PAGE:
JOURNAL ARTICLE

A thermally targeted elastin-like polypeptide-doxorubicin conjugate overcomes drug resistance

Gene L Bidwell, Aisha N Davis, Izabela Fokt, Waldemar Priebe, Drazen Raucher
Investigational New Drugs 2007, 25 (4): 313-26
17483874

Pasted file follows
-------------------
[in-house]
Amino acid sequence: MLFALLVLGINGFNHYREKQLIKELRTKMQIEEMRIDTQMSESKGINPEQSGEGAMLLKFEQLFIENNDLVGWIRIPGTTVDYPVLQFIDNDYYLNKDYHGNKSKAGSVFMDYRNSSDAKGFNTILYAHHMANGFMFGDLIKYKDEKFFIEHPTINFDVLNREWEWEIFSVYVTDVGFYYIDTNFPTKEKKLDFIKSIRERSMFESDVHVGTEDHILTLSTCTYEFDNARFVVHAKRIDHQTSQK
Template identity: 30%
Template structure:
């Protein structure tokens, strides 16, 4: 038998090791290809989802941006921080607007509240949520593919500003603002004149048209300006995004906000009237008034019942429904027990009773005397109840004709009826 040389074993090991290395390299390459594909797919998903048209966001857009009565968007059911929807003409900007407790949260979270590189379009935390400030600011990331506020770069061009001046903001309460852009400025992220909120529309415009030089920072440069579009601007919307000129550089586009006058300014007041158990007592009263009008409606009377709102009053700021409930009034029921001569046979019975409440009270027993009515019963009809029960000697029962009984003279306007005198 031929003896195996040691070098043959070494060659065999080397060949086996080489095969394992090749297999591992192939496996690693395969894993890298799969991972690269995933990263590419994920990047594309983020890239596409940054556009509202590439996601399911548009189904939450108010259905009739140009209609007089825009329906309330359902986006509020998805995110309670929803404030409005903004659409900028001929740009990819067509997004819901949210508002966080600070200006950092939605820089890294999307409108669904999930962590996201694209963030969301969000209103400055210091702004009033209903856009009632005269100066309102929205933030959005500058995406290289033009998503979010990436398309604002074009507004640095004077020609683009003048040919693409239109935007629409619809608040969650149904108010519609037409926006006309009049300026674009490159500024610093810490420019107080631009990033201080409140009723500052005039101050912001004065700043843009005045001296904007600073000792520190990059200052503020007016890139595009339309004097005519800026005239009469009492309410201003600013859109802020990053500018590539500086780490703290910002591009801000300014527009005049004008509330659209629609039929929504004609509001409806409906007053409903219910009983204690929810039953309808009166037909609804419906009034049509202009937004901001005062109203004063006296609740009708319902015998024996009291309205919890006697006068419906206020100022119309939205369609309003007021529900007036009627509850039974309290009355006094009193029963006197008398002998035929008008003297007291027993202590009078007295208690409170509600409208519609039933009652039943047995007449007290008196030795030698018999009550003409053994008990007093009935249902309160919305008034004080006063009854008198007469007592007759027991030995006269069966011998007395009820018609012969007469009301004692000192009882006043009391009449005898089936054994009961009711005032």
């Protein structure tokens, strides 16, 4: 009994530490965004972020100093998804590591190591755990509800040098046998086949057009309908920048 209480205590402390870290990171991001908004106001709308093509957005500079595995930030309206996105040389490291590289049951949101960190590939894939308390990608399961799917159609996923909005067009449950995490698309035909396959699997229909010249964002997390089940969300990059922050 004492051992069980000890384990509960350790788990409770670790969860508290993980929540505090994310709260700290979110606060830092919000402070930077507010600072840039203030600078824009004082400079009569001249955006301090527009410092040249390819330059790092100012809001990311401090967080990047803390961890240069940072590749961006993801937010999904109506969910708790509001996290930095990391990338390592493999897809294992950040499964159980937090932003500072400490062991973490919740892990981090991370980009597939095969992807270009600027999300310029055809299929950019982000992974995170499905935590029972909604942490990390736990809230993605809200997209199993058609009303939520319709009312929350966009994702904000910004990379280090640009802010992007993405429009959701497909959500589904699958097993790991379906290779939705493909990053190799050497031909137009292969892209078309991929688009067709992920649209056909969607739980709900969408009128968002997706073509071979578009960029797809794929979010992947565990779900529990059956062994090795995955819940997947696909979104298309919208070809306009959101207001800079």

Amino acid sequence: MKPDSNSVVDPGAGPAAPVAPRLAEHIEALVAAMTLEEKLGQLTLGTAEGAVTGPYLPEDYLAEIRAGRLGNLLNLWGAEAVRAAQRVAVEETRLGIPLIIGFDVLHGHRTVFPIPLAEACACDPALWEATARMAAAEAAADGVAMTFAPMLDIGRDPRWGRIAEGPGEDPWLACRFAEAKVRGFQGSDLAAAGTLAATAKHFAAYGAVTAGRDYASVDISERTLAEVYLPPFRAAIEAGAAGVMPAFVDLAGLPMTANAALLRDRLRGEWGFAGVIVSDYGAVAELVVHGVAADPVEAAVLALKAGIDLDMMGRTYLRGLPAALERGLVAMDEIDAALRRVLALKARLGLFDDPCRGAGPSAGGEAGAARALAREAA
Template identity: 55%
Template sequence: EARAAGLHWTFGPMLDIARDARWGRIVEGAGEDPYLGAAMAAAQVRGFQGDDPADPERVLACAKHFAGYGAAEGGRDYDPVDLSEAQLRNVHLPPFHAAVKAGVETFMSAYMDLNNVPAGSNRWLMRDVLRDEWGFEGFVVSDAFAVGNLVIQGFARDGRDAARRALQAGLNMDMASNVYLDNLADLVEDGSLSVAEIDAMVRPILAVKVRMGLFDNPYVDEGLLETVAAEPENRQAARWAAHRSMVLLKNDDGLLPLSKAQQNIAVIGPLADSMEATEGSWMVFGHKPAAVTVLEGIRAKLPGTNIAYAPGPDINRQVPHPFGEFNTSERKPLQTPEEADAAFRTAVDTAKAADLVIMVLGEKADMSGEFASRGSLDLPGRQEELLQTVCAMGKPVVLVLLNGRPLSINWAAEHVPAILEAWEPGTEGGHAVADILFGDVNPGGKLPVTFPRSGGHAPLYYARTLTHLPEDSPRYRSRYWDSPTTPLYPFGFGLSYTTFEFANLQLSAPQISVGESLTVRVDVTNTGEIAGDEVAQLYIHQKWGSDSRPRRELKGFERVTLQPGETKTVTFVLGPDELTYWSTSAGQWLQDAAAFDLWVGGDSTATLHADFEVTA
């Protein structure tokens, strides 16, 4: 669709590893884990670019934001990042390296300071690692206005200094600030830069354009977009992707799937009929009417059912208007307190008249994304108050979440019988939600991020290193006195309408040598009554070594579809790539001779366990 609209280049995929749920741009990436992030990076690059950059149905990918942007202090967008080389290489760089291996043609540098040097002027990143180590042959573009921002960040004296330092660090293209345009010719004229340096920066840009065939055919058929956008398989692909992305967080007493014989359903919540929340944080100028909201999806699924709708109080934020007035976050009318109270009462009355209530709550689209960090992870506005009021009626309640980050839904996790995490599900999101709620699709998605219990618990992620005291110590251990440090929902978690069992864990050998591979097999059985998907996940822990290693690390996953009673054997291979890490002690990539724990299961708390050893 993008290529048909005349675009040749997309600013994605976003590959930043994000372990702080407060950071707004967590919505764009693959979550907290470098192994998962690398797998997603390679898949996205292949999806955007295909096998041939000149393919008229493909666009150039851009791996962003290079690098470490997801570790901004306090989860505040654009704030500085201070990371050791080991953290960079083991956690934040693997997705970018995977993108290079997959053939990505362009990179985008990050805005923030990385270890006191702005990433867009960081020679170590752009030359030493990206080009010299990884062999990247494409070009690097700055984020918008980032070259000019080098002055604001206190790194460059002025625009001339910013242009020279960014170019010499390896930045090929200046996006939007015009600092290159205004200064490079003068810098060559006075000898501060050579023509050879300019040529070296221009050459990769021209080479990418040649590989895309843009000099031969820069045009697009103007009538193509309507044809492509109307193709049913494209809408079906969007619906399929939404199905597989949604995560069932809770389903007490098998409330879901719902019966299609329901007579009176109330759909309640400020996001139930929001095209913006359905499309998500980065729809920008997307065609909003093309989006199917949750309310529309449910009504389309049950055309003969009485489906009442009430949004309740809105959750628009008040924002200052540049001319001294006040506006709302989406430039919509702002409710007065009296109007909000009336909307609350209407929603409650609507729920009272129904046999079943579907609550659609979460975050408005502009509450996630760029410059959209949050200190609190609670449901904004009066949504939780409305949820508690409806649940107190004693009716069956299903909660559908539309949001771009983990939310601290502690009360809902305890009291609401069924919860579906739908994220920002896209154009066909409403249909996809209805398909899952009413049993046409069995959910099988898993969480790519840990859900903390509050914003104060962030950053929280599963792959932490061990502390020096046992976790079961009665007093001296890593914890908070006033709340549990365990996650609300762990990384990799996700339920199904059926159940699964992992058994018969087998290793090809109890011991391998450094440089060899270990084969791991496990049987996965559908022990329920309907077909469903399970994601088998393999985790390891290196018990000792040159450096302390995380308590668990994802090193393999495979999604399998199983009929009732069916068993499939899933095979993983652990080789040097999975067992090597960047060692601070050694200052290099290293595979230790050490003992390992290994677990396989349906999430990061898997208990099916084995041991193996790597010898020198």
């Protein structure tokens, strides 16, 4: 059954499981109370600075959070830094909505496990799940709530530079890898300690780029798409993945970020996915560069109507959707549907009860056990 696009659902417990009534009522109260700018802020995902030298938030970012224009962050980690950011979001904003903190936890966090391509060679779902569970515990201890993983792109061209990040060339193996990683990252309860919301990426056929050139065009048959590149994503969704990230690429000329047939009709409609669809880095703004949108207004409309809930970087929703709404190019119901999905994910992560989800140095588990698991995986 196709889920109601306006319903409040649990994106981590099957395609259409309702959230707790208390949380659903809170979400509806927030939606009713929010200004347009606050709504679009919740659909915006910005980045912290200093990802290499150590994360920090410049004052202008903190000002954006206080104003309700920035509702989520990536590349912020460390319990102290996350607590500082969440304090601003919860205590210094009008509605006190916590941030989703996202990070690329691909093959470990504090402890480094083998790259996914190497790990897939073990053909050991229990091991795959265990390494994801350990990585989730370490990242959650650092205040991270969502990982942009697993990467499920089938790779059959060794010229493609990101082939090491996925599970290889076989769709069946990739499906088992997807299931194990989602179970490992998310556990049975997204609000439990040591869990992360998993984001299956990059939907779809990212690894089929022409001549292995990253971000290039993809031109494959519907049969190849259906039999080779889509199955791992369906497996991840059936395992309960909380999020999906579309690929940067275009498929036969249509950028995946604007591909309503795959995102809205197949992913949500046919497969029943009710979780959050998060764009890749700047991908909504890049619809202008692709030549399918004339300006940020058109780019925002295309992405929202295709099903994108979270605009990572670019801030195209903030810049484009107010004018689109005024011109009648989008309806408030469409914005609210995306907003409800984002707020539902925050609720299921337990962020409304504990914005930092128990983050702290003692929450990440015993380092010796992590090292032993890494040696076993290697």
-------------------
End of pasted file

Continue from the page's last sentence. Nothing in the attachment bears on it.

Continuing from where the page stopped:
The ability of cancer cells to become simultaneously resistant to different drugs, a trait known as multidrug resistance, remains a major obstacle for successful anticancer therapy. One major mechanism of resistance involves cellular drug efflux by expression of P-glycoprotein (P-gp), a membrane transporter with a wide variety of substrates. Anthracyclines are especially prone to induction of resistance by the P-gp mechanism. P-gp mediated resistance is often confronted by use of P-gp inhibitors, synthesis of novel analogs, or conjugating drugs to macromolecular carriers in order to circumvent the efflux mechanism. In this report, the effect of free and Elastin-like polypeptide (ELP) bound doxorubicin (Dox) on the viability of sensitive (MES-SA and MCF-7) and multidrug resistant (MES-SA/Dx5 and NCI/ADR-RES) human carcinoma cells was studied in vitro. The resistant MES-SA/Dx5 cells demonstrated about 70 times higher resistance to free Dox than the sensitive MES-SA cells, and the NCI/ADR-RES cells were about 30 fold more resistant than the MCF-7 cells. However, the ELP-bound Dox was equally cytotoxic in both sensitive and resistant cell lines. The ELP-bound Dox was shown to accumulate in MES-SA/Dx5 cells, as opposed to free Dox, which was rapidly pumped out by the P-gp transporter. Since ELP is a thermally responsive carrier, the effect of hyperthermia on the cytotoxicity of the ELP-Dox conjugate was investigated. Both cytotoxicity and apoptosis were enhanced by hyperthermia in the Dox resistant cells. The results suggest that ELP-Dox conjugates may provide a means to thermally target solid tumors and to overcome drug resistance in cancer cells.

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